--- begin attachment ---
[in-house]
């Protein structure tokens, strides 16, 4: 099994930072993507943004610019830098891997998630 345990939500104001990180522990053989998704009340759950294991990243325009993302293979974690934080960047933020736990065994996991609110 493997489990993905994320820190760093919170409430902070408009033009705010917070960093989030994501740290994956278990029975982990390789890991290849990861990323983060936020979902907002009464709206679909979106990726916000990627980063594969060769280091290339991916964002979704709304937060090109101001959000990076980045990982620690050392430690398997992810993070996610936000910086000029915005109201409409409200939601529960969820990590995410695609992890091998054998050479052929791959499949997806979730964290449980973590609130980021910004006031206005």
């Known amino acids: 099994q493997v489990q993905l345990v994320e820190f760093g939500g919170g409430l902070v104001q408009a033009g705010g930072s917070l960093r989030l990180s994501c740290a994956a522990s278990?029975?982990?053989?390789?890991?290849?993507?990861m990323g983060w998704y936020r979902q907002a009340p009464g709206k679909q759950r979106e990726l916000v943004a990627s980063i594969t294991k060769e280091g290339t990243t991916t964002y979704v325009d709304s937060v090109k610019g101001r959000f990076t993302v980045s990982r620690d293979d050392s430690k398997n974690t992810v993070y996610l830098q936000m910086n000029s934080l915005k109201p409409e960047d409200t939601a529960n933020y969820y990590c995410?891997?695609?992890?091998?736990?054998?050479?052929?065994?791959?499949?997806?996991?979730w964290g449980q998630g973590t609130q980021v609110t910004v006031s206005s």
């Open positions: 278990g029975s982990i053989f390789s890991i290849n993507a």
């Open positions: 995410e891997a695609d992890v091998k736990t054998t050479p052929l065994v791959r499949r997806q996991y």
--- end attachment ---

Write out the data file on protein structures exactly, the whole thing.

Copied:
[in-house]
């Protein structure tokens, strides 16, 4: 099994930072993507943004610019830098891997998630 345990939500104001990180522990053989998704009340759950294991990243325009993302293979974690934080960047933020736990065994996991609110 493997489990993905994320820190760093919170409430902070408009033009705010917070960093989030994501740290994956278990029975982990390789890991290849990861990323983060936020979902907002009464709206679909979106990726916000990627980063594969060769280091290339991916964002979704709304937060090109101001959000990076980045990982620690050392430690398997992810993070996610936000910086000029915005109201409409409200939601529960969820990590995410695609992890091998054998050479052929791959499949997806979730964290449980973590609130980021910004006031206005």
């Known amino acids: 099994q493997v489990q993905l345990v994320e820190f760093g939500g919170g409430l902070v104001q408009a033009g705010g930072s917070l960093r989030l990180s994501c740290a994956a522990s278990?029975?982990?053989?390789?890991?290849?993507?990861m990323g983060w998704y936020r979902q907002a009340p009464g709206k679909q759950r979106e990726l916000v943004a990627s980063i594969t294991k060769e280091g290339t990243t991916t964002y979704v325009d709304s937060v090109k610019g101001r959000f990076t993302v980045s990982r620690d293979d050392s430690k398997n974690t992810v993070y996610l830098q936000m910086n000029s934080l915005k109201p409409e960047d409200t939601a529960n933020y969820y990590c995410?891997?695609?992890?091998?736990?054998?050479?052929?065994?791959?499949?997806?996991?979730w964290g449980q998630g973590t609130q980021v609110t910004v006031s206005s």
């Open positions: 278990g029975s982990i053989f390789s890991i290849n993507a």
């Open positions: 995410e891997a695609d992890v091998k736990t054998t050479p052929l065994v791959r499949r997806q996991y």